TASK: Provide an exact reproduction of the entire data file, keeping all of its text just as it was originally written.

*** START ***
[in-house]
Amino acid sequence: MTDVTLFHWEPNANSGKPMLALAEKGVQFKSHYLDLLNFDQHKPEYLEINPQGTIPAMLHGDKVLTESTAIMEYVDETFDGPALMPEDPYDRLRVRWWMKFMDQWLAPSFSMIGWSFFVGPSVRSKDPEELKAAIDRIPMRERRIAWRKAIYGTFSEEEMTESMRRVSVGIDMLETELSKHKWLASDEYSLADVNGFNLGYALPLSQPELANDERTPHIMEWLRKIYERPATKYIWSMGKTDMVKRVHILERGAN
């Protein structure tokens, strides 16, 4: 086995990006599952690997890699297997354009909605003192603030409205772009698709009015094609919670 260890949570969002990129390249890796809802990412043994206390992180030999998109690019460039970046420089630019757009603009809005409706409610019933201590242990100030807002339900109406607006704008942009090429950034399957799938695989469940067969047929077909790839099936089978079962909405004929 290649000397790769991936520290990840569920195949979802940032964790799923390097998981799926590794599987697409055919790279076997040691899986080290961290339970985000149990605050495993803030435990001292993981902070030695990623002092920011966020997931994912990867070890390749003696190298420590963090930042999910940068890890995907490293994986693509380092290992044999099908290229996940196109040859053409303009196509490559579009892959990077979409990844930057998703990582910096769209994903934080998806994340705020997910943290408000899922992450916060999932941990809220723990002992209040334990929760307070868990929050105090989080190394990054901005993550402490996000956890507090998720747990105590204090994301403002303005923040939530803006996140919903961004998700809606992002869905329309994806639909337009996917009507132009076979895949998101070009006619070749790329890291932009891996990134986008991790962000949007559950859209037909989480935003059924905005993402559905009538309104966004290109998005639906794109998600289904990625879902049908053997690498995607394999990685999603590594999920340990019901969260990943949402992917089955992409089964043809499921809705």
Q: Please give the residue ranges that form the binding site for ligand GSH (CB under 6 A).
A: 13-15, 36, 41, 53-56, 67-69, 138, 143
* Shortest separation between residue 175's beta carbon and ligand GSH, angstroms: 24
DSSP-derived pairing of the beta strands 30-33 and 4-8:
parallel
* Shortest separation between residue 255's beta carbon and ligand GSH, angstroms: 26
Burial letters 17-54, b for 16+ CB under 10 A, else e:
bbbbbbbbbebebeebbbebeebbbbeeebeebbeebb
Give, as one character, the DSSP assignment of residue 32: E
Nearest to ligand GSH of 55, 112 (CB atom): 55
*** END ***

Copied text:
[in-house]
Amino acid sequence: MTDVTLFHWEPNANSGKPMLALAEKGVQFKSHYLDLLNFDQHKPEYLEINPQGTIPAMLHGDKVLTESTAIMEYVDETFDGPALMPEDPYDRLRVRWWMKFMDQWLAPSFSMIGWSFFVGPSVRSKDPEELKAAIDRIPMRERRIAWRKAIYGTFSEEEMTESMRRVSVGIDMLETELSKHKWLASDEYSLADVNGFNLGYALPLSQPELANDERTPHIMEWLRKIYERPATKYIWSMGKTDMVKRVHILERGAN
């Protein structure tokens, strides 16, 4: 086995990006599952690997890699297997354009909605003192603030409205772009698709009015094609919670 260890949570969002990129390249890796809802990412043994206390992180030999998109690019460039970046420089630019757009603009809005409706409610019933201590242990100030807002339900109406607006704008942009090429950034399957799938695989469940067969047929077909790839099936089978079962909405004929 290649000397790769991936520290990840569920195949979802940032964790799923390097998981799926590794599987697409055919790279076997040691899986080290961290339970985000149990605050495993803030435990001292993981902070030695990623002092920011966020997931994912990867070890390749003696190298420590963090930042999910940068890890995907490293994986693509380092290992044999099908290229996940196109040859053409303009196509490559579009892959990077979409990844930057998703990582910096769209994903934080998806994340705020997910943290408000899922992450916060999932941990809220723990002992209040334990929760307070868990929050105090989080190394990054901005993550402490996000956890507090998720747990105590204090994301403002303005923040939530803006996140919903961004998700809606992002869905329309994806639909337009996917009507132009076979895949998101070009006619070749790329890291932009891996990134986008991790962000949007559950859209037909989480935003059924905005993402559905009538309104966004290109998005639906794109998600289904990625879902049908053997690498995607394999990685999603590594999920340990019901969260990943949402992917089955992409089964043809499921809705």
Q: Please give the residue ranges that form the binding site for ligand GSH (CB under 6 A).
A: 13-15, 36, 41, 53-56, 67-69, 138, 143
* Shortest separation between residue 175's beta carbon and ligand GSH, angstroms: 24
DSSP-derived pairing of the beta strands 30-33 and 4-8:
parallel
* Shortest separation between residue 255's beta carbon and ligand GSH, angstroms: 26
Burial letters 17-54, b for 16+ CB under 10 A, else e:
bbbbbbbbbebebeebbbebeebbbbeeebeebbeebb
Give, as one character, the DSSP assignment of residue 32: E
Nearest to ligand GSH of 55, 112 (CB atom): 55